Quotations From REBECCA WEST


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  • International relationships are ... preordained to be clumsy gestures based on imperfect knowledge.
    Rebecca West (1892-1983), British author. The Strange Necessity, ch. 10 (1928).
  • All good biography, as all good fiction, comes down to the study of original sin, of our inherent disposition to choose death when we ought to choose life.
    Rebecca West (1892-1983), British author. Time and Tide (1941). Quoted as epigraph to Victoria Glendinning, Rebecca West: A Life (1987).

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  • Everyone realizes that one can believe little of what people say about each other. But it is not so widely realized that even less can one trust what people say about themselves.
    Rebecca West (1892-1983), British author. Quoted in Sunday Telegraph (London, 1975). As epigraph to Victoria Glendinning, Rebecca West: A Life (1987).

    Read more quotations about / on: trust, believe, people
  • Motherhood is the strangest thing, it can be like being one's own Trojan horse.
    Rebecca West (1892-1983), British author. letter, Aug. 20, 1959. quoted in Victoria Glendinning, Rebecca West: A Life, pt. 5, ch. 8 (1987).

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  • There is no wider gulf in the universe than yawns between those on the hither and thither side of vital experience.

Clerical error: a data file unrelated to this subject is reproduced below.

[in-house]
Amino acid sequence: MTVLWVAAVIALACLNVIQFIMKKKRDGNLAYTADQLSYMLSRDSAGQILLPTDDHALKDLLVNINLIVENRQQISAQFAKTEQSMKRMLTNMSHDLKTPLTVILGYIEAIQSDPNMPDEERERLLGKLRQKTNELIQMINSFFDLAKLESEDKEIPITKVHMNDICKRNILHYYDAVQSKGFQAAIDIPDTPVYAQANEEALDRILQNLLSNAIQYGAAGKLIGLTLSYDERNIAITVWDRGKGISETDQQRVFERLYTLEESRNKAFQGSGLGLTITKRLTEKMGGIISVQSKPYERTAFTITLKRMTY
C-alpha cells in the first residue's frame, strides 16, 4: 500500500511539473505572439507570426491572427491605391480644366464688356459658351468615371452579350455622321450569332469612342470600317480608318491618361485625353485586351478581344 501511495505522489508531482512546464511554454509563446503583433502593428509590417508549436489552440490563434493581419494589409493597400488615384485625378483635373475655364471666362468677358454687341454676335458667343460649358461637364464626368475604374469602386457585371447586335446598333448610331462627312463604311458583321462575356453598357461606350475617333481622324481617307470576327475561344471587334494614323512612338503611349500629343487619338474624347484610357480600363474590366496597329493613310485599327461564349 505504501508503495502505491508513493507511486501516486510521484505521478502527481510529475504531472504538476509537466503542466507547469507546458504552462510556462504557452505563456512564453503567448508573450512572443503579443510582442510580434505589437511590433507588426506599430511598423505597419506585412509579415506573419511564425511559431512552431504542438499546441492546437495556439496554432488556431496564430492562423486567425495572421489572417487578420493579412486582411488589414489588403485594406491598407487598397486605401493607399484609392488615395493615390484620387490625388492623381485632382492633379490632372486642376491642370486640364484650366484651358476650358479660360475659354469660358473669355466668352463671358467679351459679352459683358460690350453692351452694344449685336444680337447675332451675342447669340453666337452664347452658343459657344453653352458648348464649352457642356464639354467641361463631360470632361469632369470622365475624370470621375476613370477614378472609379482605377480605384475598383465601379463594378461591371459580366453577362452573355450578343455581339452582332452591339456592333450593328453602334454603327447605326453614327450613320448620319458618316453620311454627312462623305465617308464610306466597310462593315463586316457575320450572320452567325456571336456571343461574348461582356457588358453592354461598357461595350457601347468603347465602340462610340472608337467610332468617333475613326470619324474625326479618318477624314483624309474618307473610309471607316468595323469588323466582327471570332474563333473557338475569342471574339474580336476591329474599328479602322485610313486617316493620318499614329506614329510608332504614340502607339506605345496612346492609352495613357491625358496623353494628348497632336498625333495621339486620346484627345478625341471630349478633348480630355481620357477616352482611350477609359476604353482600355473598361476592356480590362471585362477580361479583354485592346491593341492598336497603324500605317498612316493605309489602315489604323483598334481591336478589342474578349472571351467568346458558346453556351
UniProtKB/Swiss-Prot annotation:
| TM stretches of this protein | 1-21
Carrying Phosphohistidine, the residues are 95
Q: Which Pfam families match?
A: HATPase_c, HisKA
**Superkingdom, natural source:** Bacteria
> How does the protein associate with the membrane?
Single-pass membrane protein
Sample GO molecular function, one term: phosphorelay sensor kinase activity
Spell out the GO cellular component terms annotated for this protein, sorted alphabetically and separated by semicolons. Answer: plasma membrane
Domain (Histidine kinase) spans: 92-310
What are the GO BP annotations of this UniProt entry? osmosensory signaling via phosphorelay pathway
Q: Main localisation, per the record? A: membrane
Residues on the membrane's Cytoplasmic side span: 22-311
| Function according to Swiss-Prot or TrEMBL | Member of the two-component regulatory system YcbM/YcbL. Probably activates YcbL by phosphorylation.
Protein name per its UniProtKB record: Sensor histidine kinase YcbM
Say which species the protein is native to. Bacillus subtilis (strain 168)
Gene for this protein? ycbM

Rebecca West (1892-1983), British author. "Serbia," vol. 1, Black Lamb and Grey Falcon (1942).
  • There is no such thing as conversation. It is an illusion. There are intersecting monologues, that is all.
    Rebecca West (1892-1983), British author. "The Harsh Voice," sct. 1, There Is No Conversation (1935).
  • I wonder if we are all wrong about each other, if we are just composing unwritten novels about the people we meet?
    Rebecca West (1892-1983), British author. Letter, 1917. Quoted as epigraph to Victoria Glendinning, Rebecca West: A Life (1987).

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  • Men must be capable of imagining and executing and insisting on social change if they are to reform or even maintain civilization, and capable too of furnishing the rebellion which is sometimes necessary if society is not to perish of immobility.
    Rebecca West (1892-1983), British author. "Conclusion," pt. 4, The Meaning of Treason (1949).

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  • ... it is nearly impossible to understand those who are beyond our sight, who are not explained to us by ties of birth or the contact of the flesh.
    Rebecca West (1892-1983), British author. The Strange Necessity, ch. 10 (1928).

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  • Most magazines have that look of being predestined to be left which one sees on the faces of the women whose troubles bring them to the Law Courts.
    Rebecca West (1892-1983), British author. The Strange Necessity, ch. 4 (1928).

    Read more quotations about / on: women
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